An Agnostic’s Interpretation of Religious Philosophies: The Nine Satanic Statements

Despite what some may insist, even The Devil has standards of practice.
Source: Scott Divine on Facebook

When I was working on my first degree in college, I took a course in Comparative World Religions during my first semester. As it turned out, I found that I enjoyed learning about other faiths and their philosophies even though I never really found a deity that I truly believed in.

I also found that a lot of faiths that I had been told about when I was younger were highly misinterpreted and I found a measure of happiness from better understanding those that are misunderstood.

So, what I would like to do is attempt to start an occasional series here about applying various religious philosophies to everyday life for the betterment of the self as well as to dismiss the myths surrounding these faiths to encourage understanding among various peoples. I’d love to learn more about and discuss any religion you would like to suggest. But for now, I’d like to start with the most controversial religion of MY day; Satanism.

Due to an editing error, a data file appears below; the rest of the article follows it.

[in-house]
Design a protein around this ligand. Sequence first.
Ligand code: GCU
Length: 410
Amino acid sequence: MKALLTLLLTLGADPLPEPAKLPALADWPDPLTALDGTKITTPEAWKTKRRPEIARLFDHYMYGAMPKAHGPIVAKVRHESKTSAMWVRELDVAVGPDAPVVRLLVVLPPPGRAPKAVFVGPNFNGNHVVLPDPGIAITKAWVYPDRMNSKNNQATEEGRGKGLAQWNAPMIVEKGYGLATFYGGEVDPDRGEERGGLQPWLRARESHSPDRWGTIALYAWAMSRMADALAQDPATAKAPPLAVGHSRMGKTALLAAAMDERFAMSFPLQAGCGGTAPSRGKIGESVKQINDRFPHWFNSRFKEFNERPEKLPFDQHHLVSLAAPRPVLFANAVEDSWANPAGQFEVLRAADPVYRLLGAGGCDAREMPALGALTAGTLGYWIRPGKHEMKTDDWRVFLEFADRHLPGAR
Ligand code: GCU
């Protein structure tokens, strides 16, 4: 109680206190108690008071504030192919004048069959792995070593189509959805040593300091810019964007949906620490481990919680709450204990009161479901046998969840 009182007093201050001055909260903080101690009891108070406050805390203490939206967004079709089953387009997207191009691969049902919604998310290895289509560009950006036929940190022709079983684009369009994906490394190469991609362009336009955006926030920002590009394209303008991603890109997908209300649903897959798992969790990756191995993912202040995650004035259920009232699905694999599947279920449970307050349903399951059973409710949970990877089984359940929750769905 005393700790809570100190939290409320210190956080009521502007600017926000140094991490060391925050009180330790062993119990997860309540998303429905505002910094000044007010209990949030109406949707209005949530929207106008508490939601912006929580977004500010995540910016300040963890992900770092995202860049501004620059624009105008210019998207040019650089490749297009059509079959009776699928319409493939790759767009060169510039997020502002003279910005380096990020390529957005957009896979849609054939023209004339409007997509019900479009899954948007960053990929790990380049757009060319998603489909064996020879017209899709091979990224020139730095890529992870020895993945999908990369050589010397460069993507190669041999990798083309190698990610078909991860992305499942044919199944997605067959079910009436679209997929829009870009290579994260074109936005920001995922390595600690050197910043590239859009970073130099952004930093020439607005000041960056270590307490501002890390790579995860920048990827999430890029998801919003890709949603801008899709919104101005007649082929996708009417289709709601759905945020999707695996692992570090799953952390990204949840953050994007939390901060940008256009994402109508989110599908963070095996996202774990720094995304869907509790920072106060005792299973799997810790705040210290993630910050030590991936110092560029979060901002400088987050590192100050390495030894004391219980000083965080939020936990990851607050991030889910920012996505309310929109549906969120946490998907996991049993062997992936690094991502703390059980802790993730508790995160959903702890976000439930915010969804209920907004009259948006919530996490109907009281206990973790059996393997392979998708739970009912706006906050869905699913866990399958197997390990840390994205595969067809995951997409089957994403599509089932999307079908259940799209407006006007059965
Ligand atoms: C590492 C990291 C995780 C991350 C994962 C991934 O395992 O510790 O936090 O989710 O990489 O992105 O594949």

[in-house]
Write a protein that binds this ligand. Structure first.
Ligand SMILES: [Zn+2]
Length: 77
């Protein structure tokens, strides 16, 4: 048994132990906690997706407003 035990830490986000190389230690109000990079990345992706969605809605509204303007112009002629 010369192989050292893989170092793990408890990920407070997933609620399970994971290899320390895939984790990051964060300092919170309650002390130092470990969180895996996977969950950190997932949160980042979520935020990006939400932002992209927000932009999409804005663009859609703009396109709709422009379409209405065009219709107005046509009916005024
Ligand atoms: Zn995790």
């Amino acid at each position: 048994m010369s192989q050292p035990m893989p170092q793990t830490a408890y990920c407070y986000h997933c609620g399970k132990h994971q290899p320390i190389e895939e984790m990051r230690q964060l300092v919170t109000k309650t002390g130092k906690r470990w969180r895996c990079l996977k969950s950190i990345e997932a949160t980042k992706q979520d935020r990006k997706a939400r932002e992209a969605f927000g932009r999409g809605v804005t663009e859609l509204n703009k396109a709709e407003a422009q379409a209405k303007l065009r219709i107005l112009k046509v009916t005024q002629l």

Satanism has been seeing a return to popular consciousness after the “Satanic Panic” of the 80’s and 90’s – mostly due to political activism on behalf of The Satanic Temple (they’re the ones who want to erect a statue of Baphomet next to the Ten Commandments monument in Arkansas in protest of religious favoritism). So I thought it might be a good place to start the ‘promote understanding’ part of my mission statement.

For the sake of simplicity, I think I’ll start with an analysis of a (comparatively) small section of the philosophy – the Nine Satanic Statements, as they are designed to give a general overview of the faith as a whole. What’s more, I’ll be quoting from Anton LaVey’s own Satanic Bible as that is the text my generation is most familiar with. So let’s start from the top with…